NEW YORK — The Ryder Rental truck packed with 1,600 pounds of explosives was positioned near a pillar on the B2 level of the World Trade Center underground garage, beneath the mammoth Twin Towers.
The intention of the bomb maker, Ramzi Yousef, was to pull off a blast so massive that one tower would topple over into another and crash down onto the financial offices of Wall Street.
“He had a vision of 250,000 casualties,” said John Miller, NYPD Deputy Commissioner of Intelligence and Counterterrorism.
Miller was working as a TV reporter on February 26, 1993, when Middle Eastern extremists pulled off their first, successful terror attack on U.S. soil.
Before the decade was over, Miller would have a face-to-face meeting with Al Qaeda leader, Osama bin laden, in the mountains of Afghanistan, several years before the September 11th attacks.
“In 1993, truck bombs were things that happened in Beirut,” Miller observed.
Scott Alswang, who was a U.S. Secret Service agent parking his vehicle on the B2 level that day, was the closest person to the truck bomb who survived.
“I thought I had blown up the tire compressor, “ Alswang recalled. He later testified against Ramsi Yousef, when the Kuwaiti-born terrorist was prosecuted several years later.
Yousef was caught in Pakistan, staying in a guest house.
“We had to implement, on the fly, our high-rise rescue operation,” retired Chief of Department, Louis Anemone, said of the 1993 bombing.
Anemone had recently left the NYPD’s Special Operations Division in 1993, when the Trade Center was targeted the first time.
PIX11 commemorated the 25th anniversary of that first, World Trade Center bombing—which killed six adults and the unborn child of victim Monica Rodriguez Smith—with a special report and expert panel that explained why the attack was so significant to the course of New York City and U.S. history.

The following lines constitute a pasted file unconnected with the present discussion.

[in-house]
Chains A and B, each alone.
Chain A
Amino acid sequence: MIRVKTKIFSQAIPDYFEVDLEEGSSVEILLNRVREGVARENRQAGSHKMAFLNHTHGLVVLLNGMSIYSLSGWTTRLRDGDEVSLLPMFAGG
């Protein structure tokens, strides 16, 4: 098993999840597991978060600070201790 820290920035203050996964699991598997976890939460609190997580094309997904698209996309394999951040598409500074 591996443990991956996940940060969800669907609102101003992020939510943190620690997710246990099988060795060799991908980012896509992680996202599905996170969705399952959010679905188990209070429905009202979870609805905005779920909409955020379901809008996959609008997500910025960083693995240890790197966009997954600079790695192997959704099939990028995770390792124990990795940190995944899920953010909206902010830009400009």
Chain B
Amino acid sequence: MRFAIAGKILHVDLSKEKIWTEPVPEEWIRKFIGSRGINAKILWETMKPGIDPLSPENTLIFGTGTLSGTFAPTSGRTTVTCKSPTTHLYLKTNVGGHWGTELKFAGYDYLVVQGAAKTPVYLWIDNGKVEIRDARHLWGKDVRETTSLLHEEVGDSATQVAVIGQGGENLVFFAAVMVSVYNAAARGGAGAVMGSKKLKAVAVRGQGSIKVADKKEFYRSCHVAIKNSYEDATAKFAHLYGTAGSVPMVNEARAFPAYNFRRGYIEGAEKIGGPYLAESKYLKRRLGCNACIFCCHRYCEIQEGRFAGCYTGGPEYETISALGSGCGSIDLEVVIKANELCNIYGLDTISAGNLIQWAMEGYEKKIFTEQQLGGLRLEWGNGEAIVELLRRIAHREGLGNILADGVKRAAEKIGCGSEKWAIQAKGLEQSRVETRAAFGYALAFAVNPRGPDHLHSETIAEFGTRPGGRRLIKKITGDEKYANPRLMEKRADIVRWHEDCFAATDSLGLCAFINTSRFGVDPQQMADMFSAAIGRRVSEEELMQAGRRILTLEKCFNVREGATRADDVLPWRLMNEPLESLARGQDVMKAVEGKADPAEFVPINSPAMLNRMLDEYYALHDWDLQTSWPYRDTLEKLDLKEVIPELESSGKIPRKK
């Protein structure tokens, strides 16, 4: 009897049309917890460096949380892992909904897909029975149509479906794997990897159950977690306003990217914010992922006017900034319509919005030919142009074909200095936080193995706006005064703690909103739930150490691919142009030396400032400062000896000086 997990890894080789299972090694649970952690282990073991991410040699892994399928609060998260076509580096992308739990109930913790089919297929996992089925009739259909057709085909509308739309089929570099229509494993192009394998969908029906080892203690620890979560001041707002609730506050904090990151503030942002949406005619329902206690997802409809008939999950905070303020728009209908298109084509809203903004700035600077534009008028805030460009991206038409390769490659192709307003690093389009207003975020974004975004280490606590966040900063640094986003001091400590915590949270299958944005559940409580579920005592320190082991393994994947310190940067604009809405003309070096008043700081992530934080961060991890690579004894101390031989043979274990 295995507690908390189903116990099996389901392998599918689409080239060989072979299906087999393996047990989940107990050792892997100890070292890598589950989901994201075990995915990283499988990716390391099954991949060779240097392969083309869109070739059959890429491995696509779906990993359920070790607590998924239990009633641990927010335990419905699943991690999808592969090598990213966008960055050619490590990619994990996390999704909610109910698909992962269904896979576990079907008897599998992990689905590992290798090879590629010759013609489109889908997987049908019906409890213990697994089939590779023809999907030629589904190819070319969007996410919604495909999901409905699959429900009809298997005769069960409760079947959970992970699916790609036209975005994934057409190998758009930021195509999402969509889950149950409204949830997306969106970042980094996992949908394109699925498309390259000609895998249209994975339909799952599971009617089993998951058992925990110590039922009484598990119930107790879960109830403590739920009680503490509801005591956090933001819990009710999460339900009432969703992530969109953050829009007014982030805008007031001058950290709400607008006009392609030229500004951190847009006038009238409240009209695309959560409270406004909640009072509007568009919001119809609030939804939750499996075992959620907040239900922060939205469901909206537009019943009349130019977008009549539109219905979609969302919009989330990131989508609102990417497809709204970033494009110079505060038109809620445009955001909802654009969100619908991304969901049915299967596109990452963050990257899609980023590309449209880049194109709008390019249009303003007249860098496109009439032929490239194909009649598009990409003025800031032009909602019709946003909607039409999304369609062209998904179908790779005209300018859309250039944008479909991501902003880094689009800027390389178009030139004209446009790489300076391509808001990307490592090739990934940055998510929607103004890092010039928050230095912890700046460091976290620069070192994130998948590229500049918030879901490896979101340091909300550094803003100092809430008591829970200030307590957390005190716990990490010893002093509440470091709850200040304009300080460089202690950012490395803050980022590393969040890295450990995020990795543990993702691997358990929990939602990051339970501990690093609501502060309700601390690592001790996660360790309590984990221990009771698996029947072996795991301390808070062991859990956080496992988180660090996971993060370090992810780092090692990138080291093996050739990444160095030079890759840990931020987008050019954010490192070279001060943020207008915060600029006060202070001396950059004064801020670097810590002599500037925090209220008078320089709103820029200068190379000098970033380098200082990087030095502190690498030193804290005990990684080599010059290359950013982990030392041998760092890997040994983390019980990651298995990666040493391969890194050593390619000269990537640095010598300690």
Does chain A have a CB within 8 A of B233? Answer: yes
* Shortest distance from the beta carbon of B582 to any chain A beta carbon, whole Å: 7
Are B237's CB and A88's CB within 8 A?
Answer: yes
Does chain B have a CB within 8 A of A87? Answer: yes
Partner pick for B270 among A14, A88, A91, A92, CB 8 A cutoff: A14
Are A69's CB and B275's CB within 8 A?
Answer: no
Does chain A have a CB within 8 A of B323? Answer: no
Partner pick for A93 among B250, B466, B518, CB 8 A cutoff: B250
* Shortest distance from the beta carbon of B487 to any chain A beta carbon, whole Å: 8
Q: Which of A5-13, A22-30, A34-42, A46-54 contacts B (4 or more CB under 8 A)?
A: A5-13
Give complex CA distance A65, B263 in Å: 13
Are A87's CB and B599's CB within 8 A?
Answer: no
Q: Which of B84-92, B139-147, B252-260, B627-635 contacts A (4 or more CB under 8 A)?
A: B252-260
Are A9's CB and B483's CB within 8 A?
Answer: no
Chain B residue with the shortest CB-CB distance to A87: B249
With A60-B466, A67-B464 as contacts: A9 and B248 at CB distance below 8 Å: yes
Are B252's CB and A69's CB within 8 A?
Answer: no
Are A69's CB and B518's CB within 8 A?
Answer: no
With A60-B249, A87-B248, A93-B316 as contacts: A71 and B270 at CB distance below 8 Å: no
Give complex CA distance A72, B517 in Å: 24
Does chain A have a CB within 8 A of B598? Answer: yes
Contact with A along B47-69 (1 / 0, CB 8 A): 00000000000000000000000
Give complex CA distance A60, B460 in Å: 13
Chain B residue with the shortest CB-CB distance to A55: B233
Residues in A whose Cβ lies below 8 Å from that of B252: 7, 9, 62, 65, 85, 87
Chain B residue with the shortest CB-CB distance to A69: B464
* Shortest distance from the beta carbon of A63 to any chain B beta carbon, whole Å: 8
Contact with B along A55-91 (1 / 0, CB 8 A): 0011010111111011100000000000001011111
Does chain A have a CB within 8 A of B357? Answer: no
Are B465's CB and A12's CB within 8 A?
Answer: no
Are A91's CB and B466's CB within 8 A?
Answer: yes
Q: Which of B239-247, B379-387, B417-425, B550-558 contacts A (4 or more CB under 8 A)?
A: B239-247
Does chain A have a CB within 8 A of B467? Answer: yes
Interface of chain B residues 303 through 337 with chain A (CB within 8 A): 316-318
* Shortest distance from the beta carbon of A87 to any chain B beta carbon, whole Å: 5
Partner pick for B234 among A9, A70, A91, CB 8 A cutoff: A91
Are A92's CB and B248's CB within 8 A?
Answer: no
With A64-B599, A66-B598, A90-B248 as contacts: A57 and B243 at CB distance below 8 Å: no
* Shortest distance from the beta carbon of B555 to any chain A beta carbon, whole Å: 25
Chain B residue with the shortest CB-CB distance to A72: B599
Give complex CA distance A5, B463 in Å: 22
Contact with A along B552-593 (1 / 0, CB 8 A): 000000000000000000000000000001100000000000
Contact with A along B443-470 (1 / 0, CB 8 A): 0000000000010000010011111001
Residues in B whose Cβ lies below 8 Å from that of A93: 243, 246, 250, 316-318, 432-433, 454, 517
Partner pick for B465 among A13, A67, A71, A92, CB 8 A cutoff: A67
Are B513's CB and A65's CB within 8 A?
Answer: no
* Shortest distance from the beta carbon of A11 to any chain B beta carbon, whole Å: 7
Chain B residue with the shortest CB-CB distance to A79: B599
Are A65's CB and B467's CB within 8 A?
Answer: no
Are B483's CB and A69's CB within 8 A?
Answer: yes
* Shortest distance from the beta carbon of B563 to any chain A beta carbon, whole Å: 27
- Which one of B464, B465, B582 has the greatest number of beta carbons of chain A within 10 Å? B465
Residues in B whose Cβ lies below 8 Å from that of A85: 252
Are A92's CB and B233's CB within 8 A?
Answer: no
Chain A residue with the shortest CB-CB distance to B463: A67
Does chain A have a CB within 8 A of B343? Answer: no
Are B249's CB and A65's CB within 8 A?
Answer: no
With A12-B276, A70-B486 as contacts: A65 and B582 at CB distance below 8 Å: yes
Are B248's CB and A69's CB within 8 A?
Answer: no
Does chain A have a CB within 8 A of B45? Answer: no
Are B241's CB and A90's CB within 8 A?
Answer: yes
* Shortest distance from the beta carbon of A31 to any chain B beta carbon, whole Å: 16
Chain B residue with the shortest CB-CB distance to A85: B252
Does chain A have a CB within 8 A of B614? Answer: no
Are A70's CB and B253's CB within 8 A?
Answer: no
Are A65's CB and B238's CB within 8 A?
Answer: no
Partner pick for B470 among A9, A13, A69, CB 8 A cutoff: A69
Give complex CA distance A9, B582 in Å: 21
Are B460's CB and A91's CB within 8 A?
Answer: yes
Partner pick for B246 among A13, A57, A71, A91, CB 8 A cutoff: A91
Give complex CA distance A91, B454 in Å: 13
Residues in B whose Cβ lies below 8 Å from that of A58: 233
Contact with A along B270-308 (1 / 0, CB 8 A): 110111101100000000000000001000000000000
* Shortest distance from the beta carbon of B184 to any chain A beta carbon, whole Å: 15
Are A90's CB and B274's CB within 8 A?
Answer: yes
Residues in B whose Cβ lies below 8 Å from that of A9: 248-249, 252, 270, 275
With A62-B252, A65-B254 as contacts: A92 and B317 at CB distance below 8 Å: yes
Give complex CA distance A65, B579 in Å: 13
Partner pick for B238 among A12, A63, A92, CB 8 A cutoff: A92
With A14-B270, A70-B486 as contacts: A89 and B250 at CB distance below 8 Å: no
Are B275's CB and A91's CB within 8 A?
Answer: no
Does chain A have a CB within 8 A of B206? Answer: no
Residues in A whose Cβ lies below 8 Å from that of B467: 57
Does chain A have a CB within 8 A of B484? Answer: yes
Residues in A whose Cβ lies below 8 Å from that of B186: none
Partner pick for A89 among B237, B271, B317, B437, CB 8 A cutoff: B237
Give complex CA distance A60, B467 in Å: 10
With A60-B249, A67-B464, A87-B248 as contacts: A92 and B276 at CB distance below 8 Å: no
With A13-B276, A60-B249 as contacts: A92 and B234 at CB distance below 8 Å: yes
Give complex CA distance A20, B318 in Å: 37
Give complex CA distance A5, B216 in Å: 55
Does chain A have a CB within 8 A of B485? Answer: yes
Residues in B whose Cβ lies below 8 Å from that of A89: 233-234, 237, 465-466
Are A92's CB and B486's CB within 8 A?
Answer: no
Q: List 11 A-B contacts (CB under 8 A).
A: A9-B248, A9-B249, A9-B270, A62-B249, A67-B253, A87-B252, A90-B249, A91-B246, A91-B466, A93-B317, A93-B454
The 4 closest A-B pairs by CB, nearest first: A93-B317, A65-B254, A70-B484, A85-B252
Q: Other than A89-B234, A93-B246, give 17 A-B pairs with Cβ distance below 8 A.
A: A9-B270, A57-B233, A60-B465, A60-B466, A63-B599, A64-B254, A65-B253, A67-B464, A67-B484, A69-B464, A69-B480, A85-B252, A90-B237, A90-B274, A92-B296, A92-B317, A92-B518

The people arrested within a week of the 1993 attack were part of a cell that would ultimately morph into the plot to use airplanes, eight years later, for cataclysmic, synchronized jet bombings of the Twin Towers and Pentagon, along with an aborted flight that crashed in Shanksville, Pennsylvania.
Lolita Jackson, who was a Dean Witter employee in 1993, working on the 72nd Floor of the south tower, recalled it took her 2 ½ hours to get down a pitch black stairwell.
One of her co-workers needed to be carried down in his wheelchair.
“50,000 people going down six sets of stairs,” Jackson remembered.
The stairwells were lit and painted after 1993, and that actually made evacuations easier after the catastrophic 9/11 attacks.
Hear the compelling back story on the 1993 World Trade Center bombing from the people who were there—the same people who witnessed the collapse of the Twin Towers eight years later in 2001.